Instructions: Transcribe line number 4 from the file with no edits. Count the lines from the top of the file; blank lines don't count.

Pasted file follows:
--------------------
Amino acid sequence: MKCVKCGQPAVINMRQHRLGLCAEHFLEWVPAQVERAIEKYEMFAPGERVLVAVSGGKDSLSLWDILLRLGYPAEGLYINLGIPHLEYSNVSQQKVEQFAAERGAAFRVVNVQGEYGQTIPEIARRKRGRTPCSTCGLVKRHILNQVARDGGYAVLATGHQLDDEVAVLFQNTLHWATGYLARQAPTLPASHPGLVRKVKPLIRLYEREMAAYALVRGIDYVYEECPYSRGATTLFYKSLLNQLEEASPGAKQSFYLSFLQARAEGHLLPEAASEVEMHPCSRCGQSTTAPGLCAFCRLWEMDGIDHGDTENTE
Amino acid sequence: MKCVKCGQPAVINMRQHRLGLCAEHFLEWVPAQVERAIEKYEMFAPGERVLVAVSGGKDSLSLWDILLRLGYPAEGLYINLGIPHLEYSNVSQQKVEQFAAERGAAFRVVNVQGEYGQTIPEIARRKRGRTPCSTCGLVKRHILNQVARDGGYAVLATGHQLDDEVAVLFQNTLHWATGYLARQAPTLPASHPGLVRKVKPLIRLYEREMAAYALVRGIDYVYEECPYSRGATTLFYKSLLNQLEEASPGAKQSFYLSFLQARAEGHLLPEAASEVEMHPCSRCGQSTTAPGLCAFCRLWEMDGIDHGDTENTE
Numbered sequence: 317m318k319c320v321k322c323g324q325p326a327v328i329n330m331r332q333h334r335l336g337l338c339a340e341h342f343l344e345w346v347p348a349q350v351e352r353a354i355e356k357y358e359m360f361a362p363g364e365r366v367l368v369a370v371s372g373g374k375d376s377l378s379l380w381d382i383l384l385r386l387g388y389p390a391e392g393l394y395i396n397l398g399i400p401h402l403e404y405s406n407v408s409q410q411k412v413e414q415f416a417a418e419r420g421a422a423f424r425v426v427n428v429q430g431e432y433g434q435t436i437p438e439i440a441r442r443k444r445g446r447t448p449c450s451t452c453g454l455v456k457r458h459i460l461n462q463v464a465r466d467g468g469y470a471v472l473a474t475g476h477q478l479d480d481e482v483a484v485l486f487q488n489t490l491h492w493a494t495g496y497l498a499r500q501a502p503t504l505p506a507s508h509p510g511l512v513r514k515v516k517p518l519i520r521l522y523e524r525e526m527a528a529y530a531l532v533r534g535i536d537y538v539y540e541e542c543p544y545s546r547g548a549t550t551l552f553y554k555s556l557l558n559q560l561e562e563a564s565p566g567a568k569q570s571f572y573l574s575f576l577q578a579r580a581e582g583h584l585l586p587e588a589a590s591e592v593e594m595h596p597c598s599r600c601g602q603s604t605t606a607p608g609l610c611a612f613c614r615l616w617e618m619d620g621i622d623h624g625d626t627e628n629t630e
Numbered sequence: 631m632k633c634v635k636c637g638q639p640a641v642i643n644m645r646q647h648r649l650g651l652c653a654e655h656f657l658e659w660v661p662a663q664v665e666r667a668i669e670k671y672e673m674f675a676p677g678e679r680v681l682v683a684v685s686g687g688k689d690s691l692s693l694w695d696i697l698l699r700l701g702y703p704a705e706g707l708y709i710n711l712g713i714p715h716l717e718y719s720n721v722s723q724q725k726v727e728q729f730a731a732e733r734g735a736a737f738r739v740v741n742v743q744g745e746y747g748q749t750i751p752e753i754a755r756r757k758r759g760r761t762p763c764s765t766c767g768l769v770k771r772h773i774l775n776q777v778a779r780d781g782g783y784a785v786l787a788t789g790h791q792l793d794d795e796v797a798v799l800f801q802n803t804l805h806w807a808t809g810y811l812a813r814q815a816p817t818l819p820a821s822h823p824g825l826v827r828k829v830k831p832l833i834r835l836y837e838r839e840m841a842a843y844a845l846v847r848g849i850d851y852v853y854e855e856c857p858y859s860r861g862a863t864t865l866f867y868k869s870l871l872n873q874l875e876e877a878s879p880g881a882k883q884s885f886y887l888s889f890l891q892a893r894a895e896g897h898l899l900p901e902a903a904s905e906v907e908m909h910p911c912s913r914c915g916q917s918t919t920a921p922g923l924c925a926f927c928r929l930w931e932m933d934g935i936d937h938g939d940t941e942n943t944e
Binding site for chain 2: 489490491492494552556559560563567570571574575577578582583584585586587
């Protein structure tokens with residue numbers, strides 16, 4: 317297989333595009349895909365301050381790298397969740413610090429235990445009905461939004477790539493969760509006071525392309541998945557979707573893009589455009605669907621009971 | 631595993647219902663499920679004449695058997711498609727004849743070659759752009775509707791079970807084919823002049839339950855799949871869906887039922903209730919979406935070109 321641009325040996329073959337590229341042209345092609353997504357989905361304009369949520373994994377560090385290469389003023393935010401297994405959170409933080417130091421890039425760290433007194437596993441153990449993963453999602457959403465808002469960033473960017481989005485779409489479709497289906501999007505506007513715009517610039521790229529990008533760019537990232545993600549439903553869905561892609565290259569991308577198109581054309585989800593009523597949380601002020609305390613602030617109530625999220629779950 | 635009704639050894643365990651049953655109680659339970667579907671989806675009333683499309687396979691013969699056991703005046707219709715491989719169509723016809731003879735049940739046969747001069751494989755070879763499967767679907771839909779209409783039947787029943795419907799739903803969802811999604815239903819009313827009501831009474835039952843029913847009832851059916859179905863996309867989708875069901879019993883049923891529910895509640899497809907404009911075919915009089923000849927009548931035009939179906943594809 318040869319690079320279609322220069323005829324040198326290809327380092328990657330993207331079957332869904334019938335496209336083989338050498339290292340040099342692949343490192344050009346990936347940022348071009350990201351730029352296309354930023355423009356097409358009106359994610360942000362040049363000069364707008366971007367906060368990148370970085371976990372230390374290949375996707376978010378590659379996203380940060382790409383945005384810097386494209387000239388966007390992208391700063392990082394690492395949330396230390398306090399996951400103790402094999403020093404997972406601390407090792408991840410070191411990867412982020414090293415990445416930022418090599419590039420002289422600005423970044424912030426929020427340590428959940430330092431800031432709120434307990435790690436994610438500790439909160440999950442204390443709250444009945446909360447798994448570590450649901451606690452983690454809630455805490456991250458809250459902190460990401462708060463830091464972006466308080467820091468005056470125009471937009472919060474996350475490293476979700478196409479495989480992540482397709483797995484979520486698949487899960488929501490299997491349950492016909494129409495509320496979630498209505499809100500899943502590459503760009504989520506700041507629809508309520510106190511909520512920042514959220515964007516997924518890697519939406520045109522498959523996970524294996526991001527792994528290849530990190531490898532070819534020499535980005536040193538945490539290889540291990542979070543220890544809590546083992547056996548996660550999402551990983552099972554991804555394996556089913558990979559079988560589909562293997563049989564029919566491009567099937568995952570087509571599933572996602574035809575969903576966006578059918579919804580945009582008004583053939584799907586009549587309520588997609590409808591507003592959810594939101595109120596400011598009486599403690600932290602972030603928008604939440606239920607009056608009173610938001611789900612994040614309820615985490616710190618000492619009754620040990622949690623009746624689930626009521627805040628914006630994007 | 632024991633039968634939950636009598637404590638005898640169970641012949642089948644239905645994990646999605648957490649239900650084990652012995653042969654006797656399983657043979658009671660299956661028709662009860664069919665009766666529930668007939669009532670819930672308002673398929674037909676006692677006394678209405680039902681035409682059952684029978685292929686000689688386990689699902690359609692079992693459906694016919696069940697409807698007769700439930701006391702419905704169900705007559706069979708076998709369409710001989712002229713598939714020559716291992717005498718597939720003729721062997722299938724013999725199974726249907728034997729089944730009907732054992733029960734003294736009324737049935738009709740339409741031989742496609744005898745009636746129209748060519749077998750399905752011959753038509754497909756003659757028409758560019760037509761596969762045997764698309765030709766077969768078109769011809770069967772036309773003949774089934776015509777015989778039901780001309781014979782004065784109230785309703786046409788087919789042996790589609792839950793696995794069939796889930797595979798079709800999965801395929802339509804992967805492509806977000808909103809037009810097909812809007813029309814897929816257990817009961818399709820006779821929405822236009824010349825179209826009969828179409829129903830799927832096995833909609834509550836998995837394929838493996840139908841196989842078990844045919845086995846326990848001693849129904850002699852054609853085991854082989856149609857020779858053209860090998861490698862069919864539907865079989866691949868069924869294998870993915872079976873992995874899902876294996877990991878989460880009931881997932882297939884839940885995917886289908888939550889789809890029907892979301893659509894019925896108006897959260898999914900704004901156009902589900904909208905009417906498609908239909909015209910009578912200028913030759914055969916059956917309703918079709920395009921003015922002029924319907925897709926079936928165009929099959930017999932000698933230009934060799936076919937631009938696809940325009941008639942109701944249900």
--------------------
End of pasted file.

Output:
Numbered sequence: 631m632k633c634v635k636c637g638q639p640a641v642i643n644m645r646q647h648r649l650g651l652c653a654e655h656f657l658e659w660v661p662a663q664v665e666r667a668i669e670k671y672e673m674f675a676p677g678e679r680v681l682v683a684v685s686g687g688k689d690s691l692s693l694w695d696i697l698l699r700l701g702y703p704a705e706g707l708y709i710n711l712g713i714p715h716l717e718y719s720n721v722s723q724q725k726v727e728q729f730a731a732e733r734g735a736a737f738r739v740v741n742v743q744g745e746y747g748q749t750i751p752e753i754a755r756r757k758r759g760r761t762p763c764s765t766c767g768l769v770k771r772h773i774l775n776q777v778a779r780d781g782g783y784a785v786l787a788t789g790h791q792l793d794d795e796v797a798v799l800f801q802n803t804l805h806w807a808t809g810y811l812a813r814q815a816p817t818l819p820a821s822h823p824g825l826v827r828k829v830k831p832l833i834r835l836y837e838r839e840m841a842a843y844a845l846v847r848g849i850d851y852v853y854e855e856c857p858y859s860r861g862a863t864t865l866f867y868k869s870l871l872n873q874l875e876e877a878s879p880g881a882k883q884s885f886y887l888s889f890l891q892a893r894a895e896g897h898l899l900p901e902a903a904s905e906v907e908m909h910p911c912s913r914c915g916q917s918t919t920a921p922g923l924c925a926f927c928r929l930w931e932m933d934g935i936d937h938g939d940t941e942n943t944e